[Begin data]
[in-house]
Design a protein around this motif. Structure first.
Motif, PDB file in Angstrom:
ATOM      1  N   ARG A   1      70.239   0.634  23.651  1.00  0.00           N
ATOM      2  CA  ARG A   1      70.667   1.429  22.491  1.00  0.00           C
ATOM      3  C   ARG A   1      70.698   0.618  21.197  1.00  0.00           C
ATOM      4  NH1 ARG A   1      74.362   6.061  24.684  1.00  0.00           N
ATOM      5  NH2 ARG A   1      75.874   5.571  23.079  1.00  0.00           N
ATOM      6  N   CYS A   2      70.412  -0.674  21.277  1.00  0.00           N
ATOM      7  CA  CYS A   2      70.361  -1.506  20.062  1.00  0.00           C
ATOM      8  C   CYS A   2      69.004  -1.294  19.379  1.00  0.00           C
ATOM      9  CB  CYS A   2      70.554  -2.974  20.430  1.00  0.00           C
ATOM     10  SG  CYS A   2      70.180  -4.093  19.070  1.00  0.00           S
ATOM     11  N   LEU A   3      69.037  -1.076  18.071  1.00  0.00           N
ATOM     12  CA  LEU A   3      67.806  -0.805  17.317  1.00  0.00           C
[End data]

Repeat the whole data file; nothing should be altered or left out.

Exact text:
[in-house]
Design a protein around this motif. Structure first.
Motif, PDB file in Angstrom:
ATOM      1  N   ARG A   1      70.239   0.634  23.651  1.00  0.00           N
ATOM      2  CA  ARG A   1      70.667   1.429  22.491  1.00  0.00           C
ATOM      3  C   ARG A   1      70.698   0.618  21.197  1.00  0.00           C
ATOM      4  NH1 ARG A   1      74.362   6.061  24.684  1.00  0.00           N
ATOM      5  NH2 ARG A   1      75.874   5.571  23.079  1.00  0.00           N
ATOM      6  N   CYS A   2      70.412  -0.674  21.277  1.00  0.00           N
ATOM      7  CA  CYS A   2      70.361  -1.506  20.062  1.00  0.00           C
ATOM      8  C   CYS A   2      69.004  -1.294  19.379  1.00  0.00           C
ATOM      9  CB  CYS A   2      70.554  -2.974  20.430  1.00  0.00           C
ATOM     10  SG  CYS A   2      70.180  -4.093  19.070  1.00  0.00           S
ATOM     11  N   LEU A   3      69.037  -1.076  18.071  1.00  0.00           N
ATOM     12  CA  LEU A   3      67.806  -0.805  17.317  1.00  0.00           C